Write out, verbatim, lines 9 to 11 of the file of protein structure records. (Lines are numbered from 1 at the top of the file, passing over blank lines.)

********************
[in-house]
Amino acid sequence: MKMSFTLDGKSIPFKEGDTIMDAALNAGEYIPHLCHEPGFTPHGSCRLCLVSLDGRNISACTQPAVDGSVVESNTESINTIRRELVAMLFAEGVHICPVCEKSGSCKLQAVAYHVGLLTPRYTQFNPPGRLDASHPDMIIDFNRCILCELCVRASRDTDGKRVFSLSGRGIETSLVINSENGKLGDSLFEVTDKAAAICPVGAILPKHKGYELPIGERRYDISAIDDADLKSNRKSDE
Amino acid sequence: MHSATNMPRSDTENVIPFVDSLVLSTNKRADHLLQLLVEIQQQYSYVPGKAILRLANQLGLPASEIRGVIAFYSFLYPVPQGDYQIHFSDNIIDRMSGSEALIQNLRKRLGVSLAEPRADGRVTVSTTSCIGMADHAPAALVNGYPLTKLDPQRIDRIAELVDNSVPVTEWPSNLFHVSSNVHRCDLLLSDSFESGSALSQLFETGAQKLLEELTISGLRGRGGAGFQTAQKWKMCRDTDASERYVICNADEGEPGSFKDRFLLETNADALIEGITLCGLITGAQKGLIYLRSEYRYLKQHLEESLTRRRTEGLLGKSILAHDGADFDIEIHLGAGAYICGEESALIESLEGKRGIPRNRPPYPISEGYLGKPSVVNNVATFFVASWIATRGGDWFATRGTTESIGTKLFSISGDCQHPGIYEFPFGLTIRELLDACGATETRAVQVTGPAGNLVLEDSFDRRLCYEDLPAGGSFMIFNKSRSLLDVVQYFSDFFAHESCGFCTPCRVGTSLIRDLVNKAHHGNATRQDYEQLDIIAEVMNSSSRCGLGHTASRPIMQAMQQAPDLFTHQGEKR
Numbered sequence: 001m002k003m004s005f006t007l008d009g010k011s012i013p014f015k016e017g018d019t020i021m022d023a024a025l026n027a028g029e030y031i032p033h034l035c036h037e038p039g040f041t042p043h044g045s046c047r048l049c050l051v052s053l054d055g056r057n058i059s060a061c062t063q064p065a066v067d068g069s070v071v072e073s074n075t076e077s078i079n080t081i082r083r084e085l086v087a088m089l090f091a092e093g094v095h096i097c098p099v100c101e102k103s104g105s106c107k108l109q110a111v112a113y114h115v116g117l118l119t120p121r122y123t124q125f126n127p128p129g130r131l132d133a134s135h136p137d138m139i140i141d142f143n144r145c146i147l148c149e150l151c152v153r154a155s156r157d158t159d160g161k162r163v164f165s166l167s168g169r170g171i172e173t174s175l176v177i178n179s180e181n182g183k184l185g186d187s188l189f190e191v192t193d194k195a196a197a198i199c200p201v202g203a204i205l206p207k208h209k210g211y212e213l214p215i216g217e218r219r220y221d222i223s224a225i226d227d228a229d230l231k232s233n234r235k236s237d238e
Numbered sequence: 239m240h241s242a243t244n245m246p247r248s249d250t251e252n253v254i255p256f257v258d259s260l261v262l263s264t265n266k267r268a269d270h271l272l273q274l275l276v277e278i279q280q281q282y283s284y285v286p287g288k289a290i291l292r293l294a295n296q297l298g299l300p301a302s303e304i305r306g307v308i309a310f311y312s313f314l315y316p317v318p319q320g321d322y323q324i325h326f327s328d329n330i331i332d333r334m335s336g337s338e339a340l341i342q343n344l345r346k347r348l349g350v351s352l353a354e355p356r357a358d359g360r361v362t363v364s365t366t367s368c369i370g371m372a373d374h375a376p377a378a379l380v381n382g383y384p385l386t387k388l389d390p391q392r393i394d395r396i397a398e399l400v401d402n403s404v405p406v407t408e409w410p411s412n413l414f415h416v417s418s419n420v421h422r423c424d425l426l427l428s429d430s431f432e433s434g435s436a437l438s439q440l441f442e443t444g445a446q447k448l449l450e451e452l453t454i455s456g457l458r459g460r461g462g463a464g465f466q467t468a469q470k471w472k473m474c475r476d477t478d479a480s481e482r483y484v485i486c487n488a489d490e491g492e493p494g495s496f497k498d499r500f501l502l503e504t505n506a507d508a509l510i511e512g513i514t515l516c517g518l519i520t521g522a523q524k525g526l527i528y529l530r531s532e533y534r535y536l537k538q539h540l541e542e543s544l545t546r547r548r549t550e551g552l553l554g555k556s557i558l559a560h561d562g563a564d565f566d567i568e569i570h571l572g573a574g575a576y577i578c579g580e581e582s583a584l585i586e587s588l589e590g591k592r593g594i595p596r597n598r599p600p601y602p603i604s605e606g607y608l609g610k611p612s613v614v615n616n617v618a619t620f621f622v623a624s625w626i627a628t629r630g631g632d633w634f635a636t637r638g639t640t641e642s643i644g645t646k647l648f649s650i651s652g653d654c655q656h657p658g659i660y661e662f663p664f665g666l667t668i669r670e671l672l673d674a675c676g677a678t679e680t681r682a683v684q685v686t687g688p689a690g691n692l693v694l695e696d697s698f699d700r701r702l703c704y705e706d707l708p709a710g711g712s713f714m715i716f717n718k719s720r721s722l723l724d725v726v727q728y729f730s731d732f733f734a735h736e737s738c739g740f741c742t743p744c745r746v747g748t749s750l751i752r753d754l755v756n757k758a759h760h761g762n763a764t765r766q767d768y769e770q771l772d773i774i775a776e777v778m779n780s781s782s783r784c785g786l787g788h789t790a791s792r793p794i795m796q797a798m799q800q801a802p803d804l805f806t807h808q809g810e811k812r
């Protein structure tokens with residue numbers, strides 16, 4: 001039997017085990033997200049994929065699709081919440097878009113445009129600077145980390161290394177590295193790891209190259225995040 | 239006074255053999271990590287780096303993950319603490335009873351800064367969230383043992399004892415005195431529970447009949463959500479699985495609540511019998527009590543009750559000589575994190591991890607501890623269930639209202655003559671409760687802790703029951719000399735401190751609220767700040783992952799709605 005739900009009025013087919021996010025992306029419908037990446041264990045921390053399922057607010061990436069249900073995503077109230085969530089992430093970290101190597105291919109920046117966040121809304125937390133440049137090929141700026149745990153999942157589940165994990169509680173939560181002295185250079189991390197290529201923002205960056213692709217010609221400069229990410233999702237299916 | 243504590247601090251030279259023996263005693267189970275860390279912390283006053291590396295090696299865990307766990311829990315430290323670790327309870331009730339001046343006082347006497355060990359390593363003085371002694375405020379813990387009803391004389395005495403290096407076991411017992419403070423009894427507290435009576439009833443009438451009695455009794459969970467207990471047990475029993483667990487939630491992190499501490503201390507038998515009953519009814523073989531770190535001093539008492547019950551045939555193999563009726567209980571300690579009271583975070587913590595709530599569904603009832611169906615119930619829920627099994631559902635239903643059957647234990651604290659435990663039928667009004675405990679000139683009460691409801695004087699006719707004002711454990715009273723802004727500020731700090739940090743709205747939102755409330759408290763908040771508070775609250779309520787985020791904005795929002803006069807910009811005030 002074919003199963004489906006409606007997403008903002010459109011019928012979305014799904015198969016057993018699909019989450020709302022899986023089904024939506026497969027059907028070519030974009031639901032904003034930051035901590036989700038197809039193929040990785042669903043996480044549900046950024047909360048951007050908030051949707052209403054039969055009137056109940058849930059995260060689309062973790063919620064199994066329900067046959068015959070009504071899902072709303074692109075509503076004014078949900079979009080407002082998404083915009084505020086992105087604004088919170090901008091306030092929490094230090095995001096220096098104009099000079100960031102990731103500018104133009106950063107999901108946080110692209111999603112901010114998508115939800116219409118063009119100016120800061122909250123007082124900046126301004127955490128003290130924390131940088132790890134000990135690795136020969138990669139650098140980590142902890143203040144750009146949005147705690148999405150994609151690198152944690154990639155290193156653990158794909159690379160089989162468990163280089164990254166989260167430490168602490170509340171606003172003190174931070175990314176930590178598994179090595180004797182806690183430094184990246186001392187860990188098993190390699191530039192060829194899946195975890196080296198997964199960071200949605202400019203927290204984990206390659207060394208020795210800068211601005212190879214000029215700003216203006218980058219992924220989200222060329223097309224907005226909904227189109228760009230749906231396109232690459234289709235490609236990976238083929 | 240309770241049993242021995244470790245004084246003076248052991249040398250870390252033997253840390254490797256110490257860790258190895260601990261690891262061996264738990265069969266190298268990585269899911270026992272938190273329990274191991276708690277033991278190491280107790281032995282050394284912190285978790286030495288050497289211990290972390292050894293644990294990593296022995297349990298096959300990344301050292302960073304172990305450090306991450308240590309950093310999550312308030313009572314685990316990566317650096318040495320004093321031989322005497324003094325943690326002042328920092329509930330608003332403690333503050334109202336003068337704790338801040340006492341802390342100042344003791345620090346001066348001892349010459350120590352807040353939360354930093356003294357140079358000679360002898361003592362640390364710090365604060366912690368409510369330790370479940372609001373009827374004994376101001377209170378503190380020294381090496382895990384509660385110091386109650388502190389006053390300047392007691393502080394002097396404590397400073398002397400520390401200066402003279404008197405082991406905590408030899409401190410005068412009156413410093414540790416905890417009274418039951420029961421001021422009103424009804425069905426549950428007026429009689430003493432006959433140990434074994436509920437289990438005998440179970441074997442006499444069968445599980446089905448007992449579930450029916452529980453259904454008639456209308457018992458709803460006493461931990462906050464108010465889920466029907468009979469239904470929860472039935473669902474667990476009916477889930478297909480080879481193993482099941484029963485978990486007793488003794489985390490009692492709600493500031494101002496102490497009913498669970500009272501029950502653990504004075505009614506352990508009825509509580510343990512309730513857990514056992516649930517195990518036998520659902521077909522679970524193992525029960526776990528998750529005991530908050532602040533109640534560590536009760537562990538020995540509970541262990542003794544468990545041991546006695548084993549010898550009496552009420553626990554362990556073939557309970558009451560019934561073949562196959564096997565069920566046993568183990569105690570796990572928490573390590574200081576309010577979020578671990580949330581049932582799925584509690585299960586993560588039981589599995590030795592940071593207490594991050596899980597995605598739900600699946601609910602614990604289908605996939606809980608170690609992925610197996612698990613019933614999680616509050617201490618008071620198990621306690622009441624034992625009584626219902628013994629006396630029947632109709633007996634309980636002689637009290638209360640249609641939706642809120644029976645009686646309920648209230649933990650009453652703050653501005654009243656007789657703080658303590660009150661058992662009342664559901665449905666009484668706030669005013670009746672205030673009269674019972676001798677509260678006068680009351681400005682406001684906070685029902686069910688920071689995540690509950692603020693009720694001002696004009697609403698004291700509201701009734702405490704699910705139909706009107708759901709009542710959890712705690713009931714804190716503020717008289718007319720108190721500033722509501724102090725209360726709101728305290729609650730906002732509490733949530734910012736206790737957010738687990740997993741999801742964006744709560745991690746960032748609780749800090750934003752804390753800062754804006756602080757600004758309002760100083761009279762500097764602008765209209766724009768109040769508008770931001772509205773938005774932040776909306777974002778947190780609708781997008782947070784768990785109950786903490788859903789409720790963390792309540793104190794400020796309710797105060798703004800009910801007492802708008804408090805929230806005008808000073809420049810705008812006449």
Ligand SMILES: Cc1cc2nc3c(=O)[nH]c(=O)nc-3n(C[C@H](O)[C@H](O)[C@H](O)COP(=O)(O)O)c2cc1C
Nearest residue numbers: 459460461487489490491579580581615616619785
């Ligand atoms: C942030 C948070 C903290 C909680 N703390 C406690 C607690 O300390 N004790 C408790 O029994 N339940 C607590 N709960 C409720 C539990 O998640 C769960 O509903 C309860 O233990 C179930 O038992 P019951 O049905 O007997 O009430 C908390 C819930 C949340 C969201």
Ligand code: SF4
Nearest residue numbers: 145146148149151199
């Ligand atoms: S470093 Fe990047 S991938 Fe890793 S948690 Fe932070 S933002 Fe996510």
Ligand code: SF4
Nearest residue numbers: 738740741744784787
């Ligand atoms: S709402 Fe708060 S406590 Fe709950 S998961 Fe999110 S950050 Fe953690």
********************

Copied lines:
């Ligand atoms: C942030 C948070 C903290 C909680 N703390 C406690 C607690 O300390 N004790 C408790 O029994 N339940 C607590 N709960 C409720 C539990 O998640 C769960 O509903 C309860 O233990 C179930 O038992 P019951 O049905 O007997 O009430 C908390 C819930 C949340 C969201």
Ligand code: SF4
Nearest residue numbers: 145146148149151199